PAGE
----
Only one GOP freshman votes against stopgap spending bill

Only one House Republican freshman voted against a short-term government funding measure Tuesday designed to avoid a government shutdown. 

Rep. Justin Amash (R-Mich.), a former state assemblyman who was backed by Tea Party activists, was the sole member of the 87 House GOP freshman class to oppose the measure. In a statement, the congressman said that the bill — which cuts $4 billion from last year's spending levels over the next two weeks — does not do enough to reduce spending.

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"I support the efforts of my GOP colleagues to move the budget process along so that we can work toward serious spending reductions," he said. "Unfortunately, this budget cuts spending at the rate of only $133 million/week or $6.95 billion/year. That's four-tenths of one percent of our annual deficit."

Unlike Amash, almost no House freshmen used their vote on the short-term measure to make a statement about bloated federal spending.

The measure had been expected to pass, but many observers have kept a keen eye on freshman Republicans who could break with leadership on a long-term government funding measure that does not, in their eyes., cut enough spending.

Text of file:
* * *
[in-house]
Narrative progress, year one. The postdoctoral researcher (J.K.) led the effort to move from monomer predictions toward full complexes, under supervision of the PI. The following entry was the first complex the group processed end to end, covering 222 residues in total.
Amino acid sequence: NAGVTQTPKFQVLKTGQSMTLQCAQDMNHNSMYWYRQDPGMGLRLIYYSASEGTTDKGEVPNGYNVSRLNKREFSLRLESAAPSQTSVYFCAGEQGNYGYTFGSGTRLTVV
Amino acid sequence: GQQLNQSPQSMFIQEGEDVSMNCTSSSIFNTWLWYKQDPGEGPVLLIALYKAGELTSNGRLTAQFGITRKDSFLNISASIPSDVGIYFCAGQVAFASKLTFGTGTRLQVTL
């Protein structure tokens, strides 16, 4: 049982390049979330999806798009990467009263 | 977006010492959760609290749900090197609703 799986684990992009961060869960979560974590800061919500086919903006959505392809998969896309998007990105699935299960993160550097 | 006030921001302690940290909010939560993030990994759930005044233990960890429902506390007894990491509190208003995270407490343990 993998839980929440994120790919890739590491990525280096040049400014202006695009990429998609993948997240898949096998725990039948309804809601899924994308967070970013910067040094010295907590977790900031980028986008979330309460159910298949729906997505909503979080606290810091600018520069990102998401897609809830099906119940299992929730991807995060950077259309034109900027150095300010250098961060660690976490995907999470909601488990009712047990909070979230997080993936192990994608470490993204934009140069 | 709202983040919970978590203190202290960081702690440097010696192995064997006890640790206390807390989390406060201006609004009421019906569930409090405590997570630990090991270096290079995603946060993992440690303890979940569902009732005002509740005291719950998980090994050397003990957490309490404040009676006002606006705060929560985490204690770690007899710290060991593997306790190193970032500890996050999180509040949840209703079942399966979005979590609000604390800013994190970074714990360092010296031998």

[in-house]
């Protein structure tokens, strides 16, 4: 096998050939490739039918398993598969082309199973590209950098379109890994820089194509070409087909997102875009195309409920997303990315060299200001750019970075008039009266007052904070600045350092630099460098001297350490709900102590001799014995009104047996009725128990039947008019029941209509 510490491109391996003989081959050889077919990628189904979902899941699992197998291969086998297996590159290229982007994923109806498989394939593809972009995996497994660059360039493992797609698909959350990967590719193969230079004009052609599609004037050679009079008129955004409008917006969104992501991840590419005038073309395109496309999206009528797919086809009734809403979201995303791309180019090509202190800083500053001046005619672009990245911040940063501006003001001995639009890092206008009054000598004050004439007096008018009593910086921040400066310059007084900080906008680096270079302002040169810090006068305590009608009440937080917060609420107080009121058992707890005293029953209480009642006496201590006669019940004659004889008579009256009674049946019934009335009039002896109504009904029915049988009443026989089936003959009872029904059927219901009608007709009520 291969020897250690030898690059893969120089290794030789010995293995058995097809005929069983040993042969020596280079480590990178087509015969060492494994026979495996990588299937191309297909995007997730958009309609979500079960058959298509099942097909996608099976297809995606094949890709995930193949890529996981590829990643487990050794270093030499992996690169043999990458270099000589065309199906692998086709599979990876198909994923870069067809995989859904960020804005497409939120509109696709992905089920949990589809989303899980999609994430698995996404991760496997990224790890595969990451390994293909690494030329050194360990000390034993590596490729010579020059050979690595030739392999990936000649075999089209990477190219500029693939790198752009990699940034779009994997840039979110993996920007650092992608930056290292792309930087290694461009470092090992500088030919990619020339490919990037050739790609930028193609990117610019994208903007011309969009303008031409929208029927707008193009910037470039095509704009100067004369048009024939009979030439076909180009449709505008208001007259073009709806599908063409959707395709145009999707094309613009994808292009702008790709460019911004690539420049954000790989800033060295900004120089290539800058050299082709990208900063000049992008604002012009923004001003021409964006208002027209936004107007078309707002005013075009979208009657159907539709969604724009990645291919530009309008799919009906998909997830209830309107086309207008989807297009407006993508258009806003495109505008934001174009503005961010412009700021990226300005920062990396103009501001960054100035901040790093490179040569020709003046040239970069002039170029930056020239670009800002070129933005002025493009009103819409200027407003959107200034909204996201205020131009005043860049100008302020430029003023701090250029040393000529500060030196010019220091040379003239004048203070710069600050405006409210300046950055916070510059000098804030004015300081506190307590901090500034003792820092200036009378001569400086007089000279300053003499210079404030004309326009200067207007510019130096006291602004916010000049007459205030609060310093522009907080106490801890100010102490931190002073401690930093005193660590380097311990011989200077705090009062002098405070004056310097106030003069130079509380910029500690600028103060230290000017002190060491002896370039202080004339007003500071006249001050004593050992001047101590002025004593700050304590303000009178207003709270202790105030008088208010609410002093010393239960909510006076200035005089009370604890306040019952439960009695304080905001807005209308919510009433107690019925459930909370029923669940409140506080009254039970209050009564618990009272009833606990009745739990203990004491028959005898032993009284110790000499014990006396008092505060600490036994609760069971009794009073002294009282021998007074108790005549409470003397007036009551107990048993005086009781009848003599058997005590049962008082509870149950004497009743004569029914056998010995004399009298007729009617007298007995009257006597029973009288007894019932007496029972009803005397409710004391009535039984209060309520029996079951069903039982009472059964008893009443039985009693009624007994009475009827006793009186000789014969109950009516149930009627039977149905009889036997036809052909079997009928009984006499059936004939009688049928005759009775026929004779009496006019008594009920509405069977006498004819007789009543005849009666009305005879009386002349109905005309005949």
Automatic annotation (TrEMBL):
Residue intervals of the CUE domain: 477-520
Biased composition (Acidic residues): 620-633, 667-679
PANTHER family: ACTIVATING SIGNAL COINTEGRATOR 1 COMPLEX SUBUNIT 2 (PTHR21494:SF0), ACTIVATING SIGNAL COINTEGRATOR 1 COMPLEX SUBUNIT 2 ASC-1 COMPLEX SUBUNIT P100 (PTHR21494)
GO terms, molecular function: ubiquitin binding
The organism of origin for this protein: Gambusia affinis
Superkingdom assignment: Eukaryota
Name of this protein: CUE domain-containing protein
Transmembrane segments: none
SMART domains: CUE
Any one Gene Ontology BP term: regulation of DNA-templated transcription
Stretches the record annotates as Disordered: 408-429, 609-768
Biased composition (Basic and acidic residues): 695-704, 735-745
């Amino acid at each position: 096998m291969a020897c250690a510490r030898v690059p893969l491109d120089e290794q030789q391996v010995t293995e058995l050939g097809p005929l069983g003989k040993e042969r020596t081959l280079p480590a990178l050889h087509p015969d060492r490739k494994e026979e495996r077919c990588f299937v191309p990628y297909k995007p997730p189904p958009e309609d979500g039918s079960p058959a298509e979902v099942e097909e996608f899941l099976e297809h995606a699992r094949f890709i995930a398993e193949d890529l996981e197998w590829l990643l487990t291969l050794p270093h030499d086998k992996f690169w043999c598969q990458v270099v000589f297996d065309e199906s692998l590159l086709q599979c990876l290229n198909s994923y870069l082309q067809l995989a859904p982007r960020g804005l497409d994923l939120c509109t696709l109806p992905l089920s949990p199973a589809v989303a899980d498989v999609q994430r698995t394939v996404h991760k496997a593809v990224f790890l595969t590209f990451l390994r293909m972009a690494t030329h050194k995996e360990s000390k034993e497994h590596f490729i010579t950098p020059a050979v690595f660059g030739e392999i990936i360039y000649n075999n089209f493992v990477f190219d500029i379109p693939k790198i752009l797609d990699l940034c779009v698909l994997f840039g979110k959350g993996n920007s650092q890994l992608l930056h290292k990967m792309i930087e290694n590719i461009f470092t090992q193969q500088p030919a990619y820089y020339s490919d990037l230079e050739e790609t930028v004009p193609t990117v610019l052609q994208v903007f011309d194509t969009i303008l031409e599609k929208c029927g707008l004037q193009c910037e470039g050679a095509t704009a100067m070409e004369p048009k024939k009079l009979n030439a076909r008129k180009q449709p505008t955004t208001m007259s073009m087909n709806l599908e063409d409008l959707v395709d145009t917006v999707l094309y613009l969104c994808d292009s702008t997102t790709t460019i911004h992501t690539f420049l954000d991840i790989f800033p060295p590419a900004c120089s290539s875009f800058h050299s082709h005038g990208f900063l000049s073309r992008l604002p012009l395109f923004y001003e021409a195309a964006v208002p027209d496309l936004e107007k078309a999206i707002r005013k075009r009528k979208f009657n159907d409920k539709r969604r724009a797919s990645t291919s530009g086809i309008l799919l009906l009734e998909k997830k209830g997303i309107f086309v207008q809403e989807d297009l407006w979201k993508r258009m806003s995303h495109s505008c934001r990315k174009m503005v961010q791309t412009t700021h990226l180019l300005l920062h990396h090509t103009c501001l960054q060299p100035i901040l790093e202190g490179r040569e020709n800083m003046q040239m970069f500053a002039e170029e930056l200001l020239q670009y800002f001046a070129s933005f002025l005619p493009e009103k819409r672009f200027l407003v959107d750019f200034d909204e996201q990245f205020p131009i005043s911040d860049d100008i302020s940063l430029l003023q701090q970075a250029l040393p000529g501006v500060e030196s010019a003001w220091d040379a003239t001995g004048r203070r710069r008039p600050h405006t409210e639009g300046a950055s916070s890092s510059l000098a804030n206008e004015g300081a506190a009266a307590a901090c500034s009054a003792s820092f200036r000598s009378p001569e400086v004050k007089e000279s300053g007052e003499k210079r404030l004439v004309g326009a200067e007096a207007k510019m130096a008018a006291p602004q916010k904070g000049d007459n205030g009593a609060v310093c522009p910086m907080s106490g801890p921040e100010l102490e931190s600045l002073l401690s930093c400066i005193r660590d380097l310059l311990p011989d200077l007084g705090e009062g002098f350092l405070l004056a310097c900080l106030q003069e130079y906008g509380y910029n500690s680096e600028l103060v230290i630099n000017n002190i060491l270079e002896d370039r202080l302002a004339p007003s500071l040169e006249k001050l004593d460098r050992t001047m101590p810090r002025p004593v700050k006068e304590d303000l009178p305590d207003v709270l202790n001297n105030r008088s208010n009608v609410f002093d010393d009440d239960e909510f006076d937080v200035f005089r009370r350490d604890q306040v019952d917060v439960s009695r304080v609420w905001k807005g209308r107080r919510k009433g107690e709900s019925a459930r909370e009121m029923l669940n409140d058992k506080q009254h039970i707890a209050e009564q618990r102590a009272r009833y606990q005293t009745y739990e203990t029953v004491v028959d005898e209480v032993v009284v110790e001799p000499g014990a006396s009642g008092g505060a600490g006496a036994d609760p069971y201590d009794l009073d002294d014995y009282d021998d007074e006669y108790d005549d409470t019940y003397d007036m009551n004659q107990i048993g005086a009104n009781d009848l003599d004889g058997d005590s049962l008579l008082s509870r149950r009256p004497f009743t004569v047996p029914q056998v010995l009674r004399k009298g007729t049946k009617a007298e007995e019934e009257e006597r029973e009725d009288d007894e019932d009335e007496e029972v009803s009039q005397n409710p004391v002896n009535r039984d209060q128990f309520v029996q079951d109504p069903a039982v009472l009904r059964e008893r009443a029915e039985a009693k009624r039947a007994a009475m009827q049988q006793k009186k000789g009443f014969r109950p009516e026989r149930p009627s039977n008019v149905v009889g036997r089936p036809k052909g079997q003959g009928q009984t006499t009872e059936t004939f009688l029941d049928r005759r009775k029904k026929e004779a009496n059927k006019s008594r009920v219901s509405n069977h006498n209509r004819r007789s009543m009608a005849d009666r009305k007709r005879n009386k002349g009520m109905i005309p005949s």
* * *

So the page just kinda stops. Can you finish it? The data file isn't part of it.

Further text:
The bill passed Tuesday funds the government through March 18, allowing lawmakers more time to pass a long-term spending bill. One-hundred-four House Democrats joined Republicans in passing it and 96 lawmakers total voted against it.

The House previously passed a bill that would fund the government for the rest of the fiscal year that would cut $61 billion from 2010 spending levels, but the Senate refused to take it up. No freshman GOPers voted against that bill and only three Republicans opposed it. 

Five other Republicans voted against the short-term bill: Reps. Michele Bachmann (R-Minn.), Ron Paul (R-Texas), Walter Jones (R-N.C.) Louie Gohmert (R-Texas) and Steve King (R-Iowa).

Bachmann and King said they voted against the bill because it did not contain language defunding the healthcare law.